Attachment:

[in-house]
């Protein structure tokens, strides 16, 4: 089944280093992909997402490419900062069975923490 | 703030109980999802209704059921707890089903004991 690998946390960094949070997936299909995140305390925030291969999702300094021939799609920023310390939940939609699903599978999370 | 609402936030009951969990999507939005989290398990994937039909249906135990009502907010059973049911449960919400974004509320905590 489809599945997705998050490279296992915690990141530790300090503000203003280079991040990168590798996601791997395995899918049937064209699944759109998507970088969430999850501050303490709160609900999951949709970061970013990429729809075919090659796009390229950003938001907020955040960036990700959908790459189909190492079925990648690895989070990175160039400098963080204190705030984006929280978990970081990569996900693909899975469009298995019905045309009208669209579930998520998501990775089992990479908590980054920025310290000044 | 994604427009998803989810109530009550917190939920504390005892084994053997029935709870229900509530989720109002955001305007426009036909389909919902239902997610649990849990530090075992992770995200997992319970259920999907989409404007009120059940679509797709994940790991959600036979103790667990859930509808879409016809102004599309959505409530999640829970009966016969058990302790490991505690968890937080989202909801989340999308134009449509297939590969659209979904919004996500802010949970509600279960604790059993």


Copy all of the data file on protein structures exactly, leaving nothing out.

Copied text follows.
[in-house]
């Protein structure tokens, strides 16, 4: 089944280093992909997402490419900062069975923490 | 703030109980999802209704059921707890089903004991 690998946390960094949070997936299909995140305390925030291969999702300094021939799609920023310390939940939609699903599978999370 | 609402936030009951969990999507939005989290398990994937039909249906135990009502907010059973049911449960919400974004509320905590 489809599945997705998050490279296992915690990141530790300090503000203003280079991040990168590798996601791997395995899918049937064209699944759109998507970088969430999850501050303490709160609900999951949709970061970013990429729809075919090659796009390229950003938001907020955040960036990700959908790459189909190492079925990648690895989070990175160039400098963080204190705030984006929280978990970081990569996900693909899975469009298995019905045309009208669209579930998520998501990775089992990479908590980054920025310290000044 | 994604427009998803989810109530009550917190939920504390005892084994053997029935709870229900509530989720109002955001305007426009036909389909919902239902997610649990849990530090075992992770995200997992319970259920999907989409404007009120059940679509797709994940790991959600036979103790667990859930509808879409016809102004599309959505409530999640829970009966016969058990302790490991505690968890937080989202909801989340999308134009449509297939590969659209979904919004996500802010949970509600279960604790059993």